In the early 1800s, when Methodist pastors were circuit riders covering vast territories on horseback, they would stop wherever a friendly (hopefully) household would take them. The compensation for a “meeting,” complete with sermon, was often not money, but rather food. I can imagine the German pastors who were among the first non-Catholics to preach in the Trans Pecos, traveling through the dusty, sparse reaches of Southwestern Texas, coming across this Mexican-influenced chicken dish, perhaps as payment for a wedding ceremony. The food would have been the best available, and this dish – aptly named The Padre’s Pollo, could have been just what the good book called for. Enjoy!
4 Boneless, skinless chicken breasts
1 Tablespoon ground cinnamon
1 teaspoon chili powder
1/2 teaspoon black pepper
1 cup tomatoes, diced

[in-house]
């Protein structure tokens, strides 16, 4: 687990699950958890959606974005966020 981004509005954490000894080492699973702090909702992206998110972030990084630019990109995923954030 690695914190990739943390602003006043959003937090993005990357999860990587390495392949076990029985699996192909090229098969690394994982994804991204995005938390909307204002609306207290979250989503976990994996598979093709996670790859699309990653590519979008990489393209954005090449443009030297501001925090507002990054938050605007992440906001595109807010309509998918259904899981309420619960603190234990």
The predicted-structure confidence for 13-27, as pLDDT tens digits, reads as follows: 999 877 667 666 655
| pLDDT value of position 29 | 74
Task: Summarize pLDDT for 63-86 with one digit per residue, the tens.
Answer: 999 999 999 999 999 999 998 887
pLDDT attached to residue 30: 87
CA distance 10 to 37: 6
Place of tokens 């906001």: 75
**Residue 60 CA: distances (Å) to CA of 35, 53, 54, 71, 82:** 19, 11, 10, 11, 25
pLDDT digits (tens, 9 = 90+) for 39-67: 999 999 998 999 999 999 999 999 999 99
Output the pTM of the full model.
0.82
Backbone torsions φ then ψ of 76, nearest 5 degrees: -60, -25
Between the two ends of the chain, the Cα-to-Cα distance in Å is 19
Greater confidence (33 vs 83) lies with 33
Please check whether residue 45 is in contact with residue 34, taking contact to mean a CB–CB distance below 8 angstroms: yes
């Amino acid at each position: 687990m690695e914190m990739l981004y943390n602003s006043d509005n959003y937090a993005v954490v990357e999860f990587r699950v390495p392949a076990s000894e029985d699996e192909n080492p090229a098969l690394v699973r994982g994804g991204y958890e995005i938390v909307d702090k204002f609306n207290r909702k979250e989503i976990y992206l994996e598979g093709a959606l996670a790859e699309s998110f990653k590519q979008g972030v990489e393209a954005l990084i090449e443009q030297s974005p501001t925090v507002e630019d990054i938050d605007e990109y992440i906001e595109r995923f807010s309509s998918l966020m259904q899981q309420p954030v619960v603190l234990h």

1/4 cup onions, chopped
4 button mushrooms, sliced
4 oz. green chilies, chopped
1 Tablespoon minced garlic
1 teaspoon black pepper
1 dash salt
At the very end, add…
1/2 cup chicken stock
In a bowl, mix the cinnamon, chili powder and black pepper. Dredge the chicken breasts through the mixture. Set aside momentarily.
Place the ingredients for the sauce in a large, deep skillet; now place the chicken on top of everything. Cover the skillet and cook over medium heat for about 20 minutes. Checking the temperature of the chicken with a thermometer, continue cooking until the bird reaches 185 degrees. By keeping the whole thing covered, the chicken stays nice and juicy.
If you don’t have a cooking thermometer, cook for ten more minutes, then stab the chicken with a knife. If the juices run clear, you should be good. After dinner, go get a thermometer. Really. They aren’t that expensive.
Once thoroughly cooked, set the chicken breasts aside, covered to help them stay warm. Use a handheld immersion blender and pulse the solids until they are like a finely ground salsa. Add the chicken stock and heat until boiling. Reduce heat and stir until it reduces to the consistency you desire.
Put the chicken over a steaming hot bed of rice. Top everything with the savory gravy. Pour a glass of Merlot and enjoy the evening. If you get the urge to saddle up and head toward Mexico, bring a serape…and some of The Padre’s Pollo!